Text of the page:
Table of Contents


  1. Preface
  2. Introduction to PowerExchange
  3. DBMOVER Configuration File
  4. Netport Jobs
  5. PowerExchange Message Logs and Destination Overrides
  6. SMF Statistics Logging and Reporting
  7. PowerExchange Security
  8. Secure Sockets Layer Support
  9. PowerExchange Alternative Network Security
  10. PowerExchange Nonrelational SQL
  11. DTLDESCRIBE Metadata
  12. PowerExchange Globalization
  13. Using the PowerExchange ODBC Drivers
  14. PowerExchange Datatypes and Conversion Matrix
  15. Appendix A: DTL__CAPXTIMESTAMP Time Stamps
  16. Appendix B: PowerExchange Glossary

Customizing the DBMOVER Configuration File on the SSL Client

Customizing the DBMOVER Configuration File on the SSL Client

Customize the DBMOVER configuration file on the SSL client for SSL communication.
NODE Statement
The NODE statement specifies the server that you want to connect to in SSL mode.
Use the SSL parameter to access a Linux, UNIX, or Windows system.
For good performance, it is important that the packet sizes specified in comma positions 7 and 8 of the NODE statement do not exceed 16384.
Use the ZOSSSL parameter to access a z/OS system. However, use the SSL parameter, instead of the ZOSSSL parameter, if PTFs UK26131 (z/OS 1.8) or UK26132 (z/OS 1.9) have been installed on the z/OS machine. These PTFs rectify APAR PK46403.
To avoid command failure, maintain the relative position of the SSL or ZOSSSL parameter. Five empty parameters appear between the port number parameter and the SSL or ZOSSSL parameter.
SSL Statement
The SSL statement specifies the SSL key, pass phrase, and Certificate Authority list (CALIST) that you are using to make the SSL connection. For example:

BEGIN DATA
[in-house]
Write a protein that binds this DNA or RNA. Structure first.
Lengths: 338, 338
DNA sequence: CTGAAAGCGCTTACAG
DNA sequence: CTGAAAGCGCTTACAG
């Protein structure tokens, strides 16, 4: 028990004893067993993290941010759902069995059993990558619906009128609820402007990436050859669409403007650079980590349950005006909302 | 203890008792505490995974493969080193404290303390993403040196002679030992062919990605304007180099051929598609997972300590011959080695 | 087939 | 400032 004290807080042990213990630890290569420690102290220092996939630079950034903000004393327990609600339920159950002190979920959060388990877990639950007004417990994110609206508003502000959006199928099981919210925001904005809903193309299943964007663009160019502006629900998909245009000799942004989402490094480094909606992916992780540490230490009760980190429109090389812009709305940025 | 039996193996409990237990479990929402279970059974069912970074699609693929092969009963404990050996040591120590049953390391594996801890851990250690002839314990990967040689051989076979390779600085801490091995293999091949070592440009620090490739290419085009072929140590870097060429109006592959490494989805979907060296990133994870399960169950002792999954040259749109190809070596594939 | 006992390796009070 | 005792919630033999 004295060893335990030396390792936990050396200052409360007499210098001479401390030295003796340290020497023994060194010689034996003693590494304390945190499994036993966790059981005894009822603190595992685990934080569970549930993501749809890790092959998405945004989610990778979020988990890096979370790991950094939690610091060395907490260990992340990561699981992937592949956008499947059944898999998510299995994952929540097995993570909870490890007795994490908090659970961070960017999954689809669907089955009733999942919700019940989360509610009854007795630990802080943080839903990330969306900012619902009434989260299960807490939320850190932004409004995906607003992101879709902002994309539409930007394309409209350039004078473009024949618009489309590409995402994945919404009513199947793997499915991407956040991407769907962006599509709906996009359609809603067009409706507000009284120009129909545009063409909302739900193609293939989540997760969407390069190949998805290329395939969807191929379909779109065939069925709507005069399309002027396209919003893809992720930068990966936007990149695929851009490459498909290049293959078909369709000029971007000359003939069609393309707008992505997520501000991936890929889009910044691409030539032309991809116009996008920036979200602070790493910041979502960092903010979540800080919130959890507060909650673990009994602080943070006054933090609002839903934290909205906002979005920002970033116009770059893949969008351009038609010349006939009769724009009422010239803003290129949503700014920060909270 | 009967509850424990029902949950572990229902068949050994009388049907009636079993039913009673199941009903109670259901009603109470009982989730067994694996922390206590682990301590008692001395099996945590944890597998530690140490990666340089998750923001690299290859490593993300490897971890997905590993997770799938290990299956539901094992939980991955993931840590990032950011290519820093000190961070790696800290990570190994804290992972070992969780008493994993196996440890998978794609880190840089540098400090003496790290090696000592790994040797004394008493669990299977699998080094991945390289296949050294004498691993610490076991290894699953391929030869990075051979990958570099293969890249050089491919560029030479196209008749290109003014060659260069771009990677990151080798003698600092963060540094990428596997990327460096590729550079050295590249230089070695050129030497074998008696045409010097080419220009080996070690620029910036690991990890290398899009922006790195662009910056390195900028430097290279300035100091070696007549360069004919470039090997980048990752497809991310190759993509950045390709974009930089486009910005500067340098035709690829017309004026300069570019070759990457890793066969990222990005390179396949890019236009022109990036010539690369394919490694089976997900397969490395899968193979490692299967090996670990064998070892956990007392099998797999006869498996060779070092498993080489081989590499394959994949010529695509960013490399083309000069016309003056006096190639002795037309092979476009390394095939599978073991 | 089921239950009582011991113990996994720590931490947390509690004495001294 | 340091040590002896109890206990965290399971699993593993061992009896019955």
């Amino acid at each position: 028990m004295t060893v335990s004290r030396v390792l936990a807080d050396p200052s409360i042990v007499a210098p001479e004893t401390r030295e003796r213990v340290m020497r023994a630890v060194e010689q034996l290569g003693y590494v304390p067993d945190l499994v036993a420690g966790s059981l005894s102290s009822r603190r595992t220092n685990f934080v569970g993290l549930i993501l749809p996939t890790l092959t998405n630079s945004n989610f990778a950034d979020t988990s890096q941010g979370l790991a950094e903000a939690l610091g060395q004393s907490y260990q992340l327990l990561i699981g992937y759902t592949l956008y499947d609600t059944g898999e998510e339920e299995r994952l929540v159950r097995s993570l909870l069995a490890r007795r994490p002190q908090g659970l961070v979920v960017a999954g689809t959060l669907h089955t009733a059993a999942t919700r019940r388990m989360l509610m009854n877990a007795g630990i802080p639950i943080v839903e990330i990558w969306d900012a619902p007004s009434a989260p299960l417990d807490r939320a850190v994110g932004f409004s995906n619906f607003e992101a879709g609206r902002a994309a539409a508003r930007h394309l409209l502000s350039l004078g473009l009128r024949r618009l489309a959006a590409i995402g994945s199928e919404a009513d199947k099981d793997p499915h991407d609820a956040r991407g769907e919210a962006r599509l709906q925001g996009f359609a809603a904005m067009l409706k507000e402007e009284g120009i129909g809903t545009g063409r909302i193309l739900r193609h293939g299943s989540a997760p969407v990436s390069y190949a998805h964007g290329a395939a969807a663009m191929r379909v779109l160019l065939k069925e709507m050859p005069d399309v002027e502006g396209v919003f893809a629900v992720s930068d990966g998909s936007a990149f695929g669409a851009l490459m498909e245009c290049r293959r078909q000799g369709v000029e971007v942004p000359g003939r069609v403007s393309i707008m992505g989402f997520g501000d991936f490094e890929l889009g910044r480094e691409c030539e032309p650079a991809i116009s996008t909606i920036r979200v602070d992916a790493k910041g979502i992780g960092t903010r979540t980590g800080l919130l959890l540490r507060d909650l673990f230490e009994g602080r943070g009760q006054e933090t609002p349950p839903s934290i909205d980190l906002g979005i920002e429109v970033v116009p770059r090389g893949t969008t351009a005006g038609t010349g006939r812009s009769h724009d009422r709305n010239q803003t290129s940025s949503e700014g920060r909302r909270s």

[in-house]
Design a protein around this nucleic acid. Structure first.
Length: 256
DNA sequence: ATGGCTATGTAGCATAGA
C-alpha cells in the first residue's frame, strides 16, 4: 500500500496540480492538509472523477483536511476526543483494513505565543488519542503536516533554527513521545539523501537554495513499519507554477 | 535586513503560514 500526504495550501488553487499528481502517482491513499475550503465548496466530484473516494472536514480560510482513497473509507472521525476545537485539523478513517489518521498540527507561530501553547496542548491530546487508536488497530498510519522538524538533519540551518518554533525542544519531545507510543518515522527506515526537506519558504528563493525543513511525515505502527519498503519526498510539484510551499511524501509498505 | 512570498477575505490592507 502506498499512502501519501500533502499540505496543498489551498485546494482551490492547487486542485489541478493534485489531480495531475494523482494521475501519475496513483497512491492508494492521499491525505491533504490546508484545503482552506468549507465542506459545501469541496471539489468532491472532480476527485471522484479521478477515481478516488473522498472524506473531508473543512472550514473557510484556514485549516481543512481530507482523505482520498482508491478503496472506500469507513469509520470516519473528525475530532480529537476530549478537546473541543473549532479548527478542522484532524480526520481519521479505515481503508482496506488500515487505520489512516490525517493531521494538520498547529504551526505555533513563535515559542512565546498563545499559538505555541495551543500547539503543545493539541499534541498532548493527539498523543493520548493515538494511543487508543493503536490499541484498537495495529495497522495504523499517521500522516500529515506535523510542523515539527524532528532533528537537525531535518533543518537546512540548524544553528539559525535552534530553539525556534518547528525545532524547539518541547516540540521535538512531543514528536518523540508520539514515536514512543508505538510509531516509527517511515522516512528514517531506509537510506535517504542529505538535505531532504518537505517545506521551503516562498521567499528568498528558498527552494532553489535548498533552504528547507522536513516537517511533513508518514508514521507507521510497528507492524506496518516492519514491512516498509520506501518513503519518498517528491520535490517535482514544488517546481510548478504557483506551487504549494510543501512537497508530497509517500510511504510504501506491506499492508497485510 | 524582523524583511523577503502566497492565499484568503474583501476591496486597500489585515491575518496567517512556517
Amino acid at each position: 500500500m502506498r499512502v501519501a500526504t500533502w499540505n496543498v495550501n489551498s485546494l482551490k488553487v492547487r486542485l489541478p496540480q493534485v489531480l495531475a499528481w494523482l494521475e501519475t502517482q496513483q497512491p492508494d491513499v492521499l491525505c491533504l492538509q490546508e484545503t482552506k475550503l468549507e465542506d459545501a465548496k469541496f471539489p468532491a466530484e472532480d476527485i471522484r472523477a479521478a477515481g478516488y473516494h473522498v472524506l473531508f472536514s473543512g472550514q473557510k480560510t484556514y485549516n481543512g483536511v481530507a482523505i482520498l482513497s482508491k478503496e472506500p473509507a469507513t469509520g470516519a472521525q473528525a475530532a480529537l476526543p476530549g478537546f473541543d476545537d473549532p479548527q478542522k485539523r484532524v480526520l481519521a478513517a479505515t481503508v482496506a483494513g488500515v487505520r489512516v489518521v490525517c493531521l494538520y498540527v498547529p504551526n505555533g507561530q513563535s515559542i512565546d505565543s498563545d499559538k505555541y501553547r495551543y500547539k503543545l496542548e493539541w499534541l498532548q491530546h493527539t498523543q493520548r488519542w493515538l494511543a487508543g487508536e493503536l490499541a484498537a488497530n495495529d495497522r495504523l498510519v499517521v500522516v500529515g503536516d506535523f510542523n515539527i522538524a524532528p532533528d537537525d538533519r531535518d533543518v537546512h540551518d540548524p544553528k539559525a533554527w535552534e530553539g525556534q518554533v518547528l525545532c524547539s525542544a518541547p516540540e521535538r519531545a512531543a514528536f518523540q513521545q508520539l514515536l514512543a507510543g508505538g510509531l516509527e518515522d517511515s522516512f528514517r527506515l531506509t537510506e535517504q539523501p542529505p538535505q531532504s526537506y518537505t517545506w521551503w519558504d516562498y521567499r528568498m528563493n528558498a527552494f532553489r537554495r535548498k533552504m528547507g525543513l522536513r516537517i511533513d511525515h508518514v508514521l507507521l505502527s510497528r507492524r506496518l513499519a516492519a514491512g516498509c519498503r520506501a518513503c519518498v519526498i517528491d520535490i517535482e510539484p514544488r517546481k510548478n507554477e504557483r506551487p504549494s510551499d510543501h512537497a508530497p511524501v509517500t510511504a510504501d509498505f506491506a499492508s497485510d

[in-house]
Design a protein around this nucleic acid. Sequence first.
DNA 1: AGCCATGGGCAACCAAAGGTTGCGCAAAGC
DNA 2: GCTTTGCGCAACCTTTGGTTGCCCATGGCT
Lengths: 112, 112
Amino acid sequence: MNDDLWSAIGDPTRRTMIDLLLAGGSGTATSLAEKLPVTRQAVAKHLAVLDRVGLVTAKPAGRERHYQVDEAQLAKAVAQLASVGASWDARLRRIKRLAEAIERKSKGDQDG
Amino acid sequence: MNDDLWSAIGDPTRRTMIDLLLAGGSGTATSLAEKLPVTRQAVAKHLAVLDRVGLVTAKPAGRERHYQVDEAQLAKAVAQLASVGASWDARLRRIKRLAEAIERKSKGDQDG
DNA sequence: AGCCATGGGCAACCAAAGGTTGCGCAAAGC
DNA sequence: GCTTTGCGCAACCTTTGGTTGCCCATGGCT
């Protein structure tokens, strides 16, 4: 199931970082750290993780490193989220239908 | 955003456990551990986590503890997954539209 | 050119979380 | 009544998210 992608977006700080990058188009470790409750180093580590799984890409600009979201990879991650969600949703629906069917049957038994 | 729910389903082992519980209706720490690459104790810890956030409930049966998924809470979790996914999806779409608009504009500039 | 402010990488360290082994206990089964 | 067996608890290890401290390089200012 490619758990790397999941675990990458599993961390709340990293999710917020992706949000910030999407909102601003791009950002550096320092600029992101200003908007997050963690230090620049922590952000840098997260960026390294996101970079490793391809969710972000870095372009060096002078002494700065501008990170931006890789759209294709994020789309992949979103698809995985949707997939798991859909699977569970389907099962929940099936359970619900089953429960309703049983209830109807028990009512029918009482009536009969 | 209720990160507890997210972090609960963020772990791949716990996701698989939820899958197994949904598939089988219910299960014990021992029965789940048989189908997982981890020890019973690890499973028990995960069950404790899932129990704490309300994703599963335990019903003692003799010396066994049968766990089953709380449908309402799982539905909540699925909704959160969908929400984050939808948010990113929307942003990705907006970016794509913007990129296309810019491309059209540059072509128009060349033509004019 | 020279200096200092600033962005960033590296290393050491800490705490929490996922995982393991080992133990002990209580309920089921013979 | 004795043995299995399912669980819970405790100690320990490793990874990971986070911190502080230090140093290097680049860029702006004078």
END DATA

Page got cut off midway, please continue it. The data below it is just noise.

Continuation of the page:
You can replace CALIST with CAPATH. For example:
To optimize performance, specify the location of multiple certificates with CAPATH.
Use CAPATH to specify the trusted CA directory of the OpenSSL installation on Linux or UNIX.
Use CAPATH to specify the ‘certs’ directory of the OpenSSL installation on Windows.
Authentication Statements
The SSL_REQ_SRVR_CERT statement in the DBMOVER file of the SSL client determines whether the client performs server authentication. When you configure an SSL client to perform server authentication, the client checks that the personal certificate of the server is in-date and signed by a Certificate Authority in the CA list of the client.
Use the following syntax:
When the client authenticates server certificates, the SSL_ALLOW_SELFSIGNED statement specifies whether a self-signed certificate is sufficient to authenticate the server. Use the following syntax:
If you configure the client to perform authentication of server certificates, you must make the CA certificates available to the client. Perform the following actions:
  • Copy the certificates to the client machine.
  • Install the certificates using the appropriate steps for the operating system. Refer to the documentation for the client operating system for information about installing certificates.
  • In the DBMOVER file, update the CALIST or CAPATH parameter of the SSL statement to point to the CA certificates on the client.


We’d like to hear from you!